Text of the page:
I recently came across these great routines from Alexander Avtanski, on the PicList ...

http://avtanski.net/projects/math/

All credit goes to Alexander!

Everything was there, it just needed a few tweaks to be used with PicBasic Pro.

They're so cool ...

8, 16, 24, 32, 64, 128-bit Integer Math or more.

You wantBIGnumbers? .... you got 'em.

N-Bitmeans any number of bits.

16F, 18F ... doesn't matter (other than RAM space), and youmust be using MPASM.

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The number of bytes used in the math depends on thePRECISIONconstant.

If PRECISION = 4, then all math is done as 32-bit operations.

So you need to have variables of the same size, which is easy to do with ...

Then you can do the math on those variables with ...Code:PRECISION CON 4 SYSTEM ' 4 bytes = 32-bit SetPoint VAR BYTE[PRECISION] Position VAR BYTE[PRECISION] Error VAR BYTE[PRECISION] Current VAR BYTE[PRECISION] MyVar VAR BYTE[PRECISION]

Which subtractsCode:@ MATH_SUB _SetPoint, _Position, _Error ; subtract Position from setpointPositionfromSetpointand puts the result inError.

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All I've done is put a"wrapper"around the original routines from Alexander, so they can still be used exactly like the webpage says.

I've also added some macros to make things easier with PBP.

At this point I'm calling them Pvar's because unlike a byte or word, they could be any length specified by theCode:@ MATH_CLR _Pvar ; clear an N-Bit variable @ MATH_INC _Pvar ; increment an N-Bit variable @ MATH_DEC _Pvar ; decrement an N-Bit variable @ MATH_ROL _Pvar ; rotate LEFT @ MATH_ROR _Pvar ; rotate RIGHT @ MATH_CMP _A, _B ; Compare Pvars - result in M_EQ and M_GTE bits @ MATH_ADD _A, _B, _Res ; Res = A + B @ MATH_SUB _A, _B, _Res ; Res = A - B @ MATH_MUL _A, _B, _Res ; Res = A * B @ MATH_DIV _A, _B, _Res ; Res = A / B - Remainder in REG_ZPRECISION constant.

ALL math done with these routines are done at the PRECISION level, and all variables used with the MATH functions must be (PRECISION) bytes in length.

Additional macros were created to allow movement of variables between bytes, words, longs and the Pvars.

And the inverse of those puts them back into PBP variables again.Code:@ MOVE?CP Cin, _Pout ; copy a CONSTANT to a Pvar @ MOVE?BP _Bin, _Pout ; copy a BYTE to a Pvar @ MOVE?WP _Win, _Pout ; copy a WORD to a Pvar @ MOVE?LP _Lin, _Pout ; copy a LONG to a Pvar (PBPL only) @ MOVE?PP _BeerIN, _Pout ; copy a Pvar to a Pvar

Code:@ MOVE?PB _Pin, _Bout ; truncate a Pvar into a BYTE var @ MOVE?PW _Pin, _Wout ; truncate a Pvar into a WORD var @ MOVE?PL _Pin, _Lout ; truncate a Pvar into a LONG var (PBPL only)

So let's say you were getting a 16-bit value from the QEI counter, and the upper 16-bits from a Rollover interrupt.

You could move them all into a Pvar with two lines ...

This way you can do 32-bit math without PBPL. Or 64-bit if you needed.Code:RollOvers VAR WORD ; QEI rollovers (from interrupt) @ MOVE?WP POSCNTL, _Position ; copy QEI count to Position.Word0 @ MOVE?WW _RollOvers, _Position + 2 ; copy rollovers to Position.Word1 ;-- Calculate the Error -- @ MATH_SUB _SetPoint, _Position, _Error ; Error = Setpoint - Position @ MOVE?PW _Error, _pid_Error ; copy Pvar result to a WORD variable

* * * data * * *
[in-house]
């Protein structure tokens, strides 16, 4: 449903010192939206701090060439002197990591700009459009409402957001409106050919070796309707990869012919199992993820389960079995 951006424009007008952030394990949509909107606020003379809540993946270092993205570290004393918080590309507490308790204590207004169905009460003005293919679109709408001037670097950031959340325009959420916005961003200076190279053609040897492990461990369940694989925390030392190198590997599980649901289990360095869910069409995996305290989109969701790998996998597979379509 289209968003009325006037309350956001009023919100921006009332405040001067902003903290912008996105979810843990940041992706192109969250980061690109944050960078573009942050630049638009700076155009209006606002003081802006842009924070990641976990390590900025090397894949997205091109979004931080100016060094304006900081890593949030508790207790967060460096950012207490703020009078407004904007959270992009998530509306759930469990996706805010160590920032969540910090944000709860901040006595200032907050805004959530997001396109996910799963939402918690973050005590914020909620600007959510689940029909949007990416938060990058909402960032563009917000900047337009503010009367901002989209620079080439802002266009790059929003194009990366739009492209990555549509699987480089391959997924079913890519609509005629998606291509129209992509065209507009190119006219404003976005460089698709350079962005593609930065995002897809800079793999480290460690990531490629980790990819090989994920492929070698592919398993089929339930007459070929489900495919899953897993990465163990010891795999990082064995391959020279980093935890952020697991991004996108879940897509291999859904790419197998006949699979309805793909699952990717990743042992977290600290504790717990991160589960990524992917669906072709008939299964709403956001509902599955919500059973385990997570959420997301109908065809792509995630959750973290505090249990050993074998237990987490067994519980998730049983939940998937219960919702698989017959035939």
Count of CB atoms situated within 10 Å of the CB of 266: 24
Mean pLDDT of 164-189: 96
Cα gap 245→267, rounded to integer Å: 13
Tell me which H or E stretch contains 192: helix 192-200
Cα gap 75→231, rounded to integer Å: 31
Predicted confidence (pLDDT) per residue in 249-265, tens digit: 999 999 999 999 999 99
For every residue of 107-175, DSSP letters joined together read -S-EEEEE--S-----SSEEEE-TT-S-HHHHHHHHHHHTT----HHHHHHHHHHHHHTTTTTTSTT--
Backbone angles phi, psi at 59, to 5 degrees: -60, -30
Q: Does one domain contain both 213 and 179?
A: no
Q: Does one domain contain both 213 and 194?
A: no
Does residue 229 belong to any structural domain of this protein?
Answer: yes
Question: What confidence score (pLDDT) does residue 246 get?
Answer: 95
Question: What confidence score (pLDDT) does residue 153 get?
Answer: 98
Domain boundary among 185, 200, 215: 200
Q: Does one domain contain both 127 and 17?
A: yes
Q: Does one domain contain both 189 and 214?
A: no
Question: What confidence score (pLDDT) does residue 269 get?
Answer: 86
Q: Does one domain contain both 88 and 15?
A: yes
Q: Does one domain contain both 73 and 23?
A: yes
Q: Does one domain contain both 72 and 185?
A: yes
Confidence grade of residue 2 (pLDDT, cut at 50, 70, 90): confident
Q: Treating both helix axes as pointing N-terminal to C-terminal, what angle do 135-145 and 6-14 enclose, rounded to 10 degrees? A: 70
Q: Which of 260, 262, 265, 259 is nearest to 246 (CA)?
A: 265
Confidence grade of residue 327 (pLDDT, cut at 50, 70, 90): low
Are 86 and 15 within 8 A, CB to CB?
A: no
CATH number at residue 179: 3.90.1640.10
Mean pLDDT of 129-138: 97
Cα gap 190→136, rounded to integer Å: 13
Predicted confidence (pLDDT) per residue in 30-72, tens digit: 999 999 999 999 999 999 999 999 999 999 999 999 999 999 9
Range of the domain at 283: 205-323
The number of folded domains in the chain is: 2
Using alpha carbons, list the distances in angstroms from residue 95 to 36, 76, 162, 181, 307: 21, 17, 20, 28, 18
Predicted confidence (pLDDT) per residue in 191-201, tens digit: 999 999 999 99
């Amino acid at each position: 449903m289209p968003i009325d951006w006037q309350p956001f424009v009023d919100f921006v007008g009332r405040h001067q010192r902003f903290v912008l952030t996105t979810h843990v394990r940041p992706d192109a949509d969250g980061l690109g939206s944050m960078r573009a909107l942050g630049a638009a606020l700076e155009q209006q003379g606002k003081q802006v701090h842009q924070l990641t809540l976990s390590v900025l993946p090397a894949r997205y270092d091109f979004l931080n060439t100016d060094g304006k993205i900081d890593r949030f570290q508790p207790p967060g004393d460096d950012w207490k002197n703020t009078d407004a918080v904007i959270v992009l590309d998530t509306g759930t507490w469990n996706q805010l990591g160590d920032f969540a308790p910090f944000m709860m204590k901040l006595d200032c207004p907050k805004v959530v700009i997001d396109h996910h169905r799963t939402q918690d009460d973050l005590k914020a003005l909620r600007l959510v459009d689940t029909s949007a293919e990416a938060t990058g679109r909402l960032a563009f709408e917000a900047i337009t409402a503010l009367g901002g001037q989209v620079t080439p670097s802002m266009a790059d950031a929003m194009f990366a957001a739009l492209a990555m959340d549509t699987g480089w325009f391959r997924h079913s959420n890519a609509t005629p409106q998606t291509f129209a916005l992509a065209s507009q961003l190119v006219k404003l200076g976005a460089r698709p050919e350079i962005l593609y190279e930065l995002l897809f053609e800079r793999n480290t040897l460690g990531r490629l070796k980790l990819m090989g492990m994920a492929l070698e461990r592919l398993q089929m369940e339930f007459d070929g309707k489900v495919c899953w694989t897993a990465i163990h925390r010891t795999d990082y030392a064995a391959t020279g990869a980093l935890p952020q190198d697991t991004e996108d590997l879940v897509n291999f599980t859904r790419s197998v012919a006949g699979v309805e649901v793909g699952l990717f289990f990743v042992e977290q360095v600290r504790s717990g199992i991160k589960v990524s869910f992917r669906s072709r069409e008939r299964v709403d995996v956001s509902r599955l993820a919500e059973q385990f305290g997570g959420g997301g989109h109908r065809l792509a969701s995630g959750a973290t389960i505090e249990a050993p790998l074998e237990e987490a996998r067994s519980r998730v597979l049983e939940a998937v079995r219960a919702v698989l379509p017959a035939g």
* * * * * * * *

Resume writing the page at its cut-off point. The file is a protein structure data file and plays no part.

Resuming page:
It's not as easy as PBPL, but can be very useful.

Keep in mind that the math is all Software. Multiplication does not use the hardware multiplier.

So with 18F's, MATH_MUL at 32-bits will take longer than PBPL with 32-bits.

However, you can still use all of the math statements within PBP, and they will be faster without PBPL, or BIGGER with PBPL.

Another recent request from someone in this forum was to have a counter that keeps track of the number of milliseconds since the power was turned on.

That can be a pretty big number ... if it's been powered-up for a decade or two.

No problem ...

That will happily count the number of milliseconds passed for over 34 years. 2<sup>^</sup>40/(1000*60*60*24*365)Code:'----[N-Bit Math]----------------------------------------------------------- PRECISION CON 5 SYSTEM ; 5 bytes=40-bit INCLUDE "N-Bit_MATH.pbp"Powered_MSVAR BYTE[PRECISION] MS_intHandler: ; this routine should be called every mS via a timer interrupt @ FSRSAVE ; Save FSR value before interrupt code @ MATH_INC_Powered_MS; increment # of mS since PWR_ON @ FSRREST ; Restore FSR ; return from interrupt, depends on the type of interrupt. ; interrupt code and context saving not shown.

If you need it to count longer ... go with 6 byte PRECISION (8,925 years).

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The routines are completely ASM, and do not use any of PBP's system variables. So it's OK to use them within ASM type Interrupts if desired.

But you'll need to save the FSR value before doing any MATH because it uses the FSR and would disrupt the flow of the Main program if not saved.

The@ FSRSAVEand@ FSRRESTcan be used to make it easy.

Note: DT_INTS already saves/restores the FSR's at the beginning/end of an interrupt, so you don't have to.

For ASM interrupts, you will need to save it. FSR's don't matter with ON INTERRUPT.

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Please understand that these are "Advanced Level" math routines.

I can not debug everyone's program that ends up not compiling because of syntax errors.

If you truely believe that something is wrong with the routines, I would love to hear it. And I will do my best to fix it.

If you can't get it to compile ...keep trying... it will.

Here's the Include File.

Current Version = 1.4 Beta(8/4/2010); Workaround for MPASMs shift > 32-bits

History:

1.3 Beta 1/7/2010 ; compatability with 16F1xxx chips (enhanced core)

1.2 Alpha 1/4/2010 ; adds ability to turn Case Sensitivity off in MPASM

1.1 Alpha 1/4/2010 ; fixes FSR conflict with DT_INTS-18

1.0 Alpha 1/3/2010 ; initial release

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